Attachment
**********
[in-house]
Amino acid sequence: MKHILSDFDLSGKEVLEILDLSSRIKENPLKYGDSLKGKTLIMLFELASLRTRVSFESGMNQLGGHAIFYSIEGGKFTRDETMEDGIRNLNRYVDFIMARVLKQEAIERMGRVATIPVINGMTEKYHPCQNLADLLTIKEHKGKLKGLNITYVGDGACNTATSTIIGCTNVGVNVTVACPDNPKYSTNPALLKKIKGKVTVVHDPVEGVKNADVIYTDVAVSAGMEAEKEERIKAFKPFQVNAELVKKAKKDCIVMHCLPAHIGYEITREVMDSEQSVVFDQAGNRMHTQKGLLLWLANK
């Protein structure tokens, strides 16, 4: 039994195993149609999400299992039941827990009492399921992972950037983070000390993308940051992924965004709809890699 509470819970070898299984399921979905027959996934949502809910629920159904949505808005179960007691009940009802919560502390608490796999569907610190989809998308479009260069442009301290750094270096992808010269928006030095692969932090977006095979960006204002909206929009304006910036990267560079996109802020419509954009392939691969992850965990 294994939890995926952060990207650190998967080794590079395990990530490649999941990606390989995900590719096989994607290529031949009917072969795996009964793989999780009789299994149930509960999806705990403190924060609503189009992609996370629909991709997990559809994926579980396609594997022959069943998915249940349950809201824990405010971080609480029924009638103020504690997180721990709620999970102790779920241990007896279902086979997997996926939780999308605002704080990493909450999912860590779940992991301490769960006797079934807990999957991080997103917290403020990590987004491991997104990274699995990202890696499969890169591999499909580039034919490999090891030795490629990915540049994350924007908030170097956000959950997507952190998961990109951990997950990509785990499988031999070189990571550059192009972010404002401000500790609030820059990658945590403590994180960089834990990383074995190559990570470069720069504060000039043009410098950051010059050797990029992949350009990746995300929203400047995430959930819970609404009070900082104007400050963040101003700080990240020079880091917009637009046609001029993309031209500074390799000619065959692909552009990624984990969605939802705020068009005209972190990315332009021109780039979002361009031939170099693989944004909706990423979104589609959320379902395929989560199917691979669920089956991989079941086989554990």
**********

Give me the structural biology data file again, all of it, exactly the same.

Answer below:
[in-house]
Amino acid sequence: MKHILSDFDLSGKEVLEILDLSSRIKENPLKYGDSLKGKTLIMLFELASLRTRVSFESGMNQLGGHAIFYSIEGGKFTRDETMEDGIRNLNRYVDFIMARVLKQEAIERMGRVATIPVINGMTEKYHPCQNLADLLTIKEHKGKLKGLNITYVGDGACNTATSTIIGCTNVGVNVTVACPDNPKYSTNPALLKKIKGKVTVVHDPVEGVKNADVIYTDVAVSAGMEAEKEERIKAFKPFQVNAELVKKAKKDCIVMHCLPAHIGYEITREVMDSEQSVVFDQAGNRMHTQKGLLLWLANK
């Protein structure tokens, strides 16, 4: 039994195993149609999400299992039941827990009492399921992972950037983070000390993308940051992924965004709809890699 509470819970070898299984399921979905027959996934949502809910629920159904949505808005179960007691009940009802919560502390608490796999569907610190989809998308479009260069442009301290750094270096992808010269928006030095692969932090977006095979960006204002909206929009304006910036990267560079996109802020419509954009392939691969992850965990 294994939890995926952060990207650190998967080794590079395990990530490649999941990606390989995900590719096989994607290529031949009917072969795996009964793989999780009789299994149930509960999806705990403190924060609503189009992609996370629909991709997990559809994926579980396609594997022959069943998915249940349950809201824990405010971080609480029924009638103020504690997180721990709620999970102790779920241990007896279902086979997997996926939780999308605002704080990493909450999912860590779940992991301490769960006797079934807990999957991080997103917290403020990590987004491991997104990274699995990202890696499969890169591999499909580039034919490999090891030795490629990915540049994350924007908030170097956000959950997507952190998961990109951990997950990509785990499988031999070189990571550059192009972010404002401000500790609030820059990658945590403590994180960089834990990383074995190559990570470069720069504060000039043009410098950051010059050797990029992949350009990746995300929203400047995430959930819970609404009070900082104007400050963040101003700080990240020079880091917009637009046609001029993309031209500074390799000619065959692909552009990624984990969605939802705020068009005209972190990315332009021109780039979002361009031939170099693989944004909706990423979104589609959320379902395929989560199917691979669920089956991989079941086989554990």